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Optimization in Imaging and Therapy

A Wang1*, H Enderling2*, K Sheng3*, (1) Stanford University, Stanford, CA, (2) H. Lee Moffitt Cancer Center & Research Institute, Tampa, FL,(3) UCLA School of Medicine, Los Angeles, CA


(Monday, 7/15/2019) 4:30 PM - 6:00 PM

Room: 225BCD

Better radiation therapy can be achieved through better image guidance, better modeling of treatment response and better radiation dose conformity. Optimization plays important roles in all three aspects.
For cone beam CT (CBCT), the conventional filtered back projection method suffers from image artifacts and low signal to noise ratio that limit its utility. On the other hand, the CBCT reconstruction problem can be formulated as an iterative inverse optimization problem and solved accordingly. The methods for iterative CBCT reconstruction will be presented as well its benefits and limitations.
Mathematical, biological, and clinical sciences can be integrated to conduct 'virtual trials' to ultimately personalize cancer treatment. Based on established logistic tumor growth dynamics concepts, a patient-specific proliferation saturation index (PSI) to derive the fraction of radiation-sensitive proliferating population of cancer cells within an imaging-derived tumor volume was introduced. PSI describes the tumor-extrinsic tissue-environmental properties of the patient that influence tumor growth dynamics. PSI can be calculated prior to therapy from routine images, and can inform about the optimized radiation protocol to maximally shrink the tumor. With the ability to predict responses to therapy comes the opportunity to evaluate clinically observed responses beyond RECIST, and to adapt radiation dose and dose fractionation – to escalate dose when necessary and to de-escalate dose in selected patients without sacrificing control. The PSI concept and the current prospective clinical evaluation, as well as future opportunities to integrate mathematical oncology concepts towards radiation treatment personalization, will be presented.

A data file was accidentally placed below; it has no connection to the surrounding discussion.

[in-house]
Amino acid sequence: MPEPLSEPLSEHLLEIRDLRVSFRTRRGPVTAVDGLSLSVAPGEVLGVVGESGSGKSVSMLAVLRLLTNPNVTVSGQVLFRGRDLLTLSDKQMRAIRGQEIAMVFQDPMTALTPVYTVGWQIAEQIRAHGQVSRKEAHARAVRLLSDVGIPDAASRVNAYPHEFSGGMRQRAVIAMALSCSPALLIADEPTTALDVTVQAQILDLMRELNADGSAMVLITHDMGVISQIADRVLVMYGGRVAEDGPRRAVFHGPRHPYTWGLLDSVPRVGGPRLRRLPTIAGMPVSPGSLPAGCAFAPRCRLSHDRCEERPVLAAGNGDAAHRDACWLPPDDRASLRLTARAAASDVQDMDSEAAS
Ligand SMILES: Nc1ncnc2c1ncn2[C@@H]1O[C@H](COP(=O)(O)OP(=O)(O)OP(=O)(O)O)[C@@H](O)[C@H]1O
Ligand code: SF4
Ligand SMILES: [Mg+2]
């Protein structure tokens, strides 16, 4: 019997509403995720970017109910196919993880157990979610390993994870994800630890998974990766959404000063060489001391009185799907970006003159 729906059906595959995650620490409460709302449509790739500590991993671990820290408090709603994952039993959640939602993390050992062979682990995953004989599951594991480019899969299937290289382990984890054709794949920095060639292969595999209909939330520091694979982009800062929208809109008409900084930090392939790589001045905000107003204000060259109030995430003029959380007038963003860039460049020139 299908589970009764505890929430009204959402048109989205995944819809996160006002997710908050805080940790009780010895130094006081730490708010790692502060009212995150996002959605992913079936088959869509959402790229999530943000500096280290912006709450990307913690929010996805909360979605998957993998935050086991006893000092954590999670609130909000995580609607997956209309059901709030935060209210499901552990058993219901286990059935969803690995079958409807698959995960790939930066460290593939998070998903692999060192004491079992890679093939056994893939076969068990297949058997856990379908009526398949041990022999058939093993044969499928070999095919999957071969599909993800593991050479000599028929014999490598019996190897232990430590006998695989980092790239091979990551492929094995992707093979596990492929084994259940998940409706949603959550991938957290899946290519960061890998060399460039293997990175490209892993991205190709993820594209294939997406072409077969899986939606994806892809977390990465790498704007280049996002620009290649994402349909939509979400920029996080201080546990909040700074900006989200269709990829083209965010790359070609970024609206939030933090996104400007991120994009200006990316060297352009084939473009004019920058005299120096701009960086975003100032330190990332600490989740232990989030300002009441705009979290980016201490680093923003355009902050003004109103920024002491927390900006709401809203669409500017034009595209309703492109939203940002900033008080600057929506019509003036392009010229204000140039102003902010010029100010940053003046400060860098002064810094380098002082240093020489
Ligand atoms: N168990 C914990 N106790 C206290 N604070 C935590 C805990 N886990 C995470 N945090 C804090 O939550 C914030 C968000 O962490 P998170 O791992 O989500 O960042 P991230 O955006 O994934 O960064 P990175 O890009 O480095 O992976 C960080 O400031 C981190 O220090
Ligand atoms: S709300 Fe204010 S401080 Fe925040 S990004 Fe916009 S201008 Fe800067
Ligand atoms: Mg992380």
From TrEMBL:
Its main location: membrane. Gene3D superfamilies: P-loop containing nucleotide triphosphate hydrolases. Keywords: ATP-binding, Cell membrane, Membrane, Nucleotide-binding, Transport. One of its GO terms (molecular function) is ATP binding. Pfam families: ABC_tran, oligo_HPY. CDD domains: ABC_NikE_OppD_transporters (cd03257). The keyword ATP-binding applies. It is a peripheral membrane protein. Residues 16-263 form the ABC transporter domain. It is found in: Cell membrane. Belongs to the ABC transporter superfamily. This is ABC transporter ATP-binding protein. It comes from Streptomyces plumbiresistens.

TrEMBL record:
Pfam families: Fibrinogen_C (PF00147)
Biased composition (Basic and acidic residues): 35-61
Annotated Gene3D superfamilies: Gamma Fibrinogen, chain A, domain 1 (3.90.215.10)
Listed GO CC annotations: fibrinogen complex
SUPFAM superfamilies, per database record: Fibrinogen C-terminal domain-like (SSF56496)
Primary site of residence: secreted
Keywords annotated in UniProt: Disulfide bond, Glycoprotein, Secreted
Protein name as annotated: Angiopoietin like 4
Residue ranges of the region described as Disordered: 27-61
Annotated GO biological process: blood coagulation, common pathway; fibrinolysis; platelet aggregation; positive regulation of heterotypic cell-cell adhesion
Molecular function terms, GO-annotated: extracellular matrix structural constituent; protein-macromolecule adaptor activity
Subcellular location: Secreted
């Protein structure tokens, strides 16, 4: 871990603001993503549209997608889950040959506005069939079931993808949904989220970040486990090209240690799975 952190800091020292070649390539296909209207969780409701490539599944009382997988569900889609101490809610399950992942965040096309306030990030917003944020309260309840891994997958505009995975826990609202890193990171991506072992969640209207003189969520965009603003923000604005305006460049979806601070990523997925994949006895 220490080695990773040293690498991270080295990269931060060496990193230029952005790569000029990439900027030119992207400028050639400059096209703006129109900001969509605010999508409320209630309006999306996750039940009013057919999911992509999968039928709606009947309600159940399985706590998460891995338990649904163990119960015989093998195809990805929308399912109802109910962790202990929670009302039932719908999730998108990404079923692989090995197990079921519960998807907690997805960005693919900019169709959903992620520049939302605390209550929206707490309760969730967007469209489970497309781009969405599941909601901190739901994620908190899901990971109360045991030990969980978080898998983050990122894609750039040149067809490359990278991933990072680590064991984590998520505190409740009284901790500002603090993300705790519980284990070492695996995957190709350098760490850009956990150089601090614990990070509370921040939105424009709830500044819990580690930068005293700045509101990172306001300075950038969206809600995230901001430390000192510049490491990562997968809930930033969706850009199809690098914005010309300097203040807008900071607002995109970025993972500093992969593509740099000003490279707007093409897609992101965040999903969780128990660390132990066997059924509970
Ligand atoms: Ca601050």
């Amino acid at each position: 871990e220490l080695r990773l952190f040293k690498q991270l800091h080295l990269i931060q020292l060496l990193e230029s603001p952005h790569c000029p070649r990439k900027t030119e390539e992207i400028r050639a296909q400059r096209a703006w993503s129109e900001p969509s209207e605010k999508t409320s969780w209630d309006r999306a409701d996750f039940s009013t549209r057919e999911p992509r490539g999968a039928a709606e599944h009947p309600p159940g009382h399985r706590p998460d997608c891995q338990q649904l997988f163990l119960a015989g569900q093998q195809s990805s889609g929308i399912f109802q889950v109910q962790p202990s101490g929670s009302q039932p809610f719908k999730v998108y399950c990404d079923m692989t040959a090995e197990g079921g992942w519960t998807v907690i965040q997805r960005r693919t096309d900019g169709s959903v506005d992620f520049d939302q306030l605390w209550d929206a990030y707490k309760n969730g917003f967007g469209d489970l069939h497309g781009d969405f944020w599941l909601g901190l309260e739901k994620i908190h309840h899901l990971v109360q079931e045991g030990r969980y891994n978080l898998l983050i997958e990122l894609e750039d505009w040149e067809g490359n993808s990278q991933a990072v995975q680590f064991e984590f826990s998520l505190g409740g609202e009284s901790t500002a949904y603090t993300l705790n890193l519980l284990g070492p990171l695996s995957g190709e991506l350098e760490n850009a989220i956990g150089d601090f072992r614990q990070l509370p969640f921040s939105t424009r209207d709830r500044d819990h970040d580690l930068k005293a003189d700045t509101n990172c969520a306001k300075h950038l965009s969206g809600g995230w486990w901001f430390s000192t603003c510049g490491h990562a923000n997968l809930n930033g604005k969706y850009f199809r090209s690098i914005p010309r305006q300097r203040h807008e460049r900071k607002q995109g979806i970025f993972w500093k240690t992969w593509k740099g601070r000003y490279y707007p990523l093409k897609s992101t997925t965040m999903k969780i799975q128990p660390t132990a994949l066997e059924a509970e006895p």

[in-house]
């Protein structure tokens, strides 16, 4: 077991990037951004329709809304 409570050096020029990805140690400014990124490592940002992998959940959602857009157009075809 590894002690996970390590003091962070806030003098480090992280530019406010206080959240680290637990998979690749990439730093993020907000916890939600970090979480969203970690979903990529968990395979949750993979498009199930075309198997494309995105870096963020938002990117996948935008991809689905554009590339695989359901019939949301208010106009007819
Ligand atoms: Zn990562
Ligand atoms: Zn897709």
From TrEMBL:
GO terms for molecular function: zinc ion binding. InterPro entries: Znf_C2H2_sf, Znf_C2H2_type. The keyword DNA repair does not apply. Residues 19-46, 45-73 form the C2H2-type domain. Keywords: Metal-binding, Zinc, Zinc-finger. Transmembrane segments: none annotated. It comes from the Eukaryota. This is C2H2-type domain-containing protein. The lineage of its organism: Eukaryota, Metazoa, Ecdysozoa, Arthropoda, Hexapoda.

There is a constant need to deliver better and more efficient radiotherapy to patients. Recent advances in optimization methods, computer vision, and robotics afford the potential for markedly improved volumetric modulated arc therapy (VMAT) by exploring new dimensions in optimization. The new dimensions include non-coplanar trajectories, dynamic collimator rotation, dual-layer multileaf collimators and energy modulations. The ability to explore these additional dimensions are established based on the non-progressive sampling VMAT framework that has been shown superior to the progressive sampling method. The presentation will describe the mathematical tools to model and solve these large scale optimization problems, as well as the dosimetric benefits and delivery efficiency on current radiation therapy delivery platforms.

Learning objectives:

1. Understand iterative CBCT reconstruction as an optimization problem.
2. Understand the mathematical modeling of patient-specific tumor growth dynamics and its applications in radiotherapy outcome prediction.
3. Understand the methods and benefits of including additional degrees of freedom into VMAT optimziation.



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